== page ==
At the time the Court delivered the Helvering decision, it also announced a decision in Steward Machine Co. v. Davis which challenged another section of the Social Security Act involving unemployment benefits. The two decisions were vital to Roosevelt's programs designed to put America back to work and protect those most affected by the depression. However, it took the demands of World War II (1939–1945) for industrial production of war materials that to ultimately bring the Depression to a close. Though always controversial, the Social Security Act became a major lasting part of U.S. domestic policy.
Days before the Helvering decision was presented, Justice Willis Van Devanter, one of the politically conservative justices opposing Roosevelt's programs announced his retirement. Roosevelt was free to select a new justice more supportive of his programs.
THE NEED TO SECURE SOCIETY
C ontinued expansion of the Industrial Revolution during the nineteenth century brought many basic changes to home life. No longer did the typical family work together on a farm with relatives and other closely associated families. Instead of living in small farming communities, many families moved to newly established industry centers seeking a better life. Fathers would go off to the factories for long work days leaving the wife to raise the children and take care of the home. Fewer economic "safety nets" existed for workers who grew too old to be as productive or if a sudden traumatic event occurred such as death or disability of the breadwinner. The need for social security programs grew to aid such distressed families and provide a more stable society in the industrial workforce. Germany, the first industrial country to establish such a social security program in the 1880s, required sickness and old age insurance. Similar plans were introduced through the few decades in other European and some Latin American countries.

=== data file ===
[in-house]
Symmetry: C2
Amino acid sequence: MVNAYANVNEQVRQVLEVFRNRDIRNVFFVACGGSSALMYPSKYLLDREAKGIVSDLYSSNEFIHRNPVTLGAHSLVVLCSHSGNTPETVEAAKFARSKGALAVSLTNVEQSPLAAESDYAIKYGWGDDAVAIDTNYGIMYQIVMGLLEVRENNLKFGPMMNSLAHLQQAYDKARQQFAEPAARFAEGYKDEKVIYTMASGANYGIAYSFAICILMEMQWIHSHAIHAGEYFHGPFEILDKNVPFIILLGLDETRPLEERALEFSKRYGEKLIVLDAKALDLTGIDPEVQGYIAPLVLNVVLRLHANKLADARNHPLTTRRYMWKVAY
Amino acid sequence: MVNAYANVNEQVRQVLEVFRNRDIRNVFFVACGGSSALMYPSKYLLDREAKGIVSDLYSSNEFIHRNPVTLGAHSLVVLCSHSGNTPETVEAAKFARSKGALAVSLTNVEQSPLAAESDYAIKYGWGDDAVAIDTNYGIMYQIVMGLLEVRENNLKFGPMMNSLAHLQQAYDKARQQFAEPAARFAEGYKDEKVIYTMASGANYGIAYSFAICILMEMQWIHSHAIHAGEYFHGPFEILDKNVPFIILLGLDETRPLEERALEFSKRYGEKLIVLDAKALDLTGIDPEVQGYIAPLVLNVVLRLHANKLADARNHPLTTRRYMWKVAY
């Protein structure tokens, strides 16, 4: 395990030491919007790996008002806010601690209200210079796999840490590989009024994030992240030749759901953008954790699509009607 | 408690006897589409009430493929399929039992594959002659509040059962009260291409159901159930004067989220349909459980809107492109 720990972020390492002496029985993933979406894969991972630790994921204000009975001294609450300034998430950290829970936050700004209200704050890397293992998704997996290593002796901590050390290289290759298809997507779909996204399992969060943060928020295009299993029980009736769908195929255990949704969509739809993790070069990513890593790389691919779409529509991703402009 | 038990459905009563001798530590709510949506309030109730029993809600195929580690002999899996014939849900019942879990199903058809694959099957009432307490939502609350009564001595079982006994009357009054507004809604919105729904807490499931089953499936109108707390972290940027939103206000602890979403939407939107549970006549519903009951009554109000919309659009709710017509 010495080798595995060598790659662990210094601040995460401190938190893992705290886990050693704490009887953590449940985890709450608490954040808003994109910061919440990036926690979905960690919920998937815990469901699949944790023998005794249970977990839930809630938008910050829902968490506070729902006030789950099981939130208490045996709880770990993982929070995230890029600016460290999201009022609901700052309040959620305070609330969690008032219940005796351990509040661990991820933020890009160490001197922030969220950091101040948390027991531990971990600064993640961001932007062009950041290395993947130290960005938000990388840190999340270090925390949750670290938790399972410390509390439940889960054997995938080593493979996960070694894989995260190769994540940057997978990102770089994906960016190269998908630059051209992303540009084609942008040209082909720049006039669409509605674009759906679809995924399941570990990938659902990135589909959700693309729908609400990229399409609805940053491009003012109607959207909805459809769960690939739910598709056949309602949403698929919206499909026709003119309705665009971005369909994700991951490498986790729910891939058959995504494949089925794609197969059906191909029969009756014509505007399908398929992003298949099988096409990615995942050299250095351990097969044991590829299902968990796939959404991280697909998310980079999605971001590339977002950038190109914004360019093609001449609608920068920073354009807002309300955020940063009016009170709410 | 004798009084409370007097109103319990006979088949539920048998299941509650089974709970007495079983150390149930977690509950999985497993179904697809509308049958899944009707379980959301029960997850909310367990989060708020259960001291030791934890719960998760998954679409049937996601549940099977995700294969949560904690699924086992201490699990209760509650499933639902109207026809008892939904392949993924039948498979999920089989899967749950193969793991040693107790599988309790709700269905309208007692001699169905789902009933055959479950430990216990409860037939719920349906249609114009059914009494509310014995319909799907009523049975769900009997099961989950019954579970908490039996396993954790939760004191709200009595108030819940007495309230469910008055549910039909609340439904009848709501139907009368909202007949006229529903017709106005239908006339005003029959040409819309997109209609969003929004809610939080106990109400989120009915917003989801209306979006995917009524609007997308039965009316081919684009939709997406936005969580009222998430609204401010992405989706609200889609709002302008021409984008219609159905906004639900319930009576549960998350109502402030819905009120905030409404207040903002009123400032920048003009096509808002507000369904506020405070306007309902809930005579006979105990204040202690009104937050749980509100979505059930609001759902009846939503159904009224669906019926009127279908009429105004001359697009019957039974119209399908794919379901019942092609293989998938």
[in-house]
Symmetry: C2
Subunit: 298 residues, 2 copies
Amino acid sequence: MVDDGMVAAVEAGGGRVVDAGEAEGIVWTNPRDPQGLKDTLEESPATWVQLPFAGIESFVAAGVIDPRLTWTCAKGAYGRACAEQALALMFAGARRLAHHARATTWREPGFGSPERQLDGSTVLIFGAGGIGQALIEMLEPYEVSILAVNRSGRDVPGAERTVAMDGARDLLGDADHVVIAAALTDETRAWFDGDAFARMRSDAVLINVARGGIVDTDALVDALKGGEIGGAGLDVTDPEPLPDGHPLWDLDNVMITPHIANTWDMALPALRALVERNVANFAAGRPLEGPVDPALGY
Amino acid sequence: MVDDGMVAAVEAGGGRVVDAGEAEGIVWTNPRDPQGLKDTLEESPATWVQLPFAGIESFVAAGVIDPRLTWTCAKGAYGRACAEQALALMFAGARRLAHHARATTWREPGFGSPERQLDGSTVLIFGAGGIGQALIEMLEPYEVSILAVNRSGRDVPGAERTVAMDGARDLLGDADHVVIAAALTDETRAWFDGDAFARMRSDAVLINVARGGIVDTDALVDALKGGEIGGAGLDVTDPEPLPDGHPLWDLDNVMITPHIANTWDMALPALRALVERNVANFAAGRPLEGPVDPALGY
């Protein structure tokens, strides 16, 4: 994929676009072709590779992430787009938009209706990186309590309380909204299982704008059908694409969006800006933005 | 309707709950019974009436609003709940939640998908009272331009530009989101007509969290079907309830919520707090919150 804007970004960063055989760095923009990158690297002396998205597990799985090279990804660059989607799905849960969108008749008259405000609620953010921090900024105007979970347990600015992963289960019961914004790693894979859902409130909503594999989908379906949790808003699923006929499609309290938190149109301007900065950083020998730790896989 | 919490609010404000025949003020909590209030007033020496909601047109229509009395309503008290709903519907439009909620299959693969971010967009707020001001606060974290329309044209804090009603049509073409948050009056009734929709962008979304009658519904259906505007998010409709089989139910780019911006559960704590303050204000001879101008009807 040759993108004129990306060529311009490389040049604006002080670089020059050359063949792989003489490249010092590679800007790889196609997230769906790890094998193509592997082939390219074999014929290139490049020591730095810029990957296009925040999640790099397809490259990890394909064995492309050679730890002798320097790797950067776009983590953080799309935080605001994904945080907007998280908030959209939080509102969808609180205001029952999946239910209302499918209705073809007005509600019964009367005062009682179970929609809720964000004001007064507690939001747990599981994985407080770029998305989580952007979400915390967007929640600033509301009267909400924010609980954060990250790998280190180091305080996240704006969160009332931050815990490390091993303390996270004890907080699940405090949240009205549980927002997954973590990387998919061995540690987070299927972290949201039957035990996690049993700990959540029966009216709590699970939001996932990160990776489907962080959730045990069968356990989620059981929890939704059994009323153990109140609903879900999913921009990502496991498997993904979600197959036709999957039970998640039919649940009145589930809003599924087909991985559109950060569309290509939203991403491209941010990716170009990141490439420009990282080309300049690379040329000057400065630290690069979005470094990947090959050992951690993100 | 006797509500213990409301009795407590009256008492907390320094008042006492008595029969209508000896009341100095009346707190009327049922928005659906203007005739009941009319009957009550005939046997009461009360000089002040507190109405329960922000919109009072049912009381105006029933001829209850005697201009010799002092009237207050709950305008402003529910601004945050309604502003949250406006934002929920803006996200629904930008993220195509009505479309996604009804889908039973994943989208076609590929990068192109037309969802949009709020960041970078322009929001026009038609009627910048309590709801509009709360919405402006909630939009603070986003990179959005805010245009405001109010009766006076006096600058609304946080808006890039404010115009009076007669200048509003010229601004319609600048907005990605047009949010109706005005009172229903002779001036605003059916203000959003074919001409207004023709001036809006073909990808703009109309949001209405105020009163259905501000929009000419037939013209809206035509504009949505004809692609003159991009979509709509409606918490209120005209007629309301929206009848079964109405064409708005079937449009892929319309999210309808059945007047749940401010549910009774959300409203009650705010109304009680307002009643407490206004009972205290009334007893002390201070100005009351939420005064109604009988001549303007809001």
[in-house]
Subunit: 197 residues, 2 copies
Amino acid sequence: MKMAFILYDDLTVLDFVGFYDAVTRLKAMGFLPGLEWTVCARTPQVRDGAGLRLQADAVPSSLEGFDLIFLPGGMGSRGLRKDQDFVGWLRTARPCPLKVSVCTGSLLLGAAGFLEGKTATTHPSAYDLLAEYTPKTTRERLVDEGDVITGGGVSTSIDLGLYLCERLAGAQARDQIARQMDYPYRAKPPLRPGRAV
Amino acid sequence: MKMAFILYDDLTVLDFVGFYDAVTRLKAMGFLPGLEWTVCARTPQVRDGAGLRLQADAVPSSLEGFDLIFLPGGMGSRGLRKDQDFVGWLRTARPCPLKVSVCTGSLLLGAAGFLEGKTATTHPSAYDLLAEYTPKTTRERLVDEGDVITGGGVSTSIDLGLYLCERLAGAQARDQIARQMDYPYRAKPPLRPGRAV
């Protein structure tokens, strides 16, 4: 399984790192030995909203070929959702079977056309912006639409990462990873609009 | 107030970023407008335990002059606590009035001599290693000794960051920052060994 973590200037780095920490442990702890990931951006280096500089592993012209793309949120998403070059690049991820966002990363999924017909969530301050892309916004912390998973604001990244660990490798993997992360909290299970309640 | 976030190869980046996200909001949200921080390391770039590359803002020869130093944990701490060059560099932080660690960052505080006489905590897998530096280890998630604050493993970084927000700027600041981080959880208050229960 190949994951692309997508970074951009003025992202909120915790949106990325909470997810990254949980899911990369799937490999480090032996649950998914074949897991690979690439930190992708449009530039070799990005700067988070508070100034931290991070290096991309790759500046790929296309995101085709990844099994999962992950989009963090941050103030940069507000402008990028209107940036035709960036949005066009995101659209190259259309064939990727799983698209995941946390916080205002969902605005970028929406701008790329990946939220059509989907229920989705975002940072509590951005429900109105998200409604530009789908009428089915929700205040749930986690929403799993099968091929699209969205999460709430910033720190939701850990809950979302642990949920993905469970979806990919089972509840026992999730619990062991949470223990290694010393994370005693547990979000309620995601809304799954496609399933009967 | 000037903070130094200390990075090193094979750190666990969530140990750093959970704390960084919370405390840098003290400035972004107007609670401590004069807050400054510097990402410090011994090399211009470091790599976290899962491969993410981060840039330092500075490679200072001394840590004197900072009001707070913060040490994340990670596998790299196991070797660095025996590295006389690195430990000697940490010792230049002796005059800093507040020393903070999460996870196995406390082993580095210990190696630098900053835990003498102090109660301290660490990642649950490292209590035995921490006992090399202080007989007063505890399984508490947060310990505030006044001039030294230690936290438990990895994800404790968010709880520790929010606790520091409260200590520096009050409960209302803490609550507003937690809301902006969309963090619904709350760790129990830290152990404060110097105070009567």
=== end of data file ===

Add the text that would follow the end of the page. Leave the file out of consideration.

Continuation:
In the United States, "beneficial associations" grew composed of workers joining together to provide sickness, old age benefit, and funeral insurance. With the crash of the stock market in 1929 and prolonged decline of the economy, President Franklin D. Roosevelt included the Social Security Act as a key element of his social and economic reforms. In the 1950s Social Security was expanded to include farmers and those self-employed. Health insurance benefits, known as Medicare, were added in 1965 as well as federally-assisted state unemployment compensation programs.
By the 1990s fears mounted over the future of the Social Security with estimates it would eventually go broke. The president and Congress both worked toward solutions to the problem. The program had become a major part of modern life in America with 90 percent of all workers covered by Social Security in 1997 and 42 million receiving benefits.
Suggestions for further reading
Freidel, Frank. Franklin D. Roosevelt: A Rendezvous with Destiny. Boston: Little, Brown and Company, 1990.
Watkins, T. H. The Great Depression: America in the 1930s. Boston: Little, Brown and Company, 1993.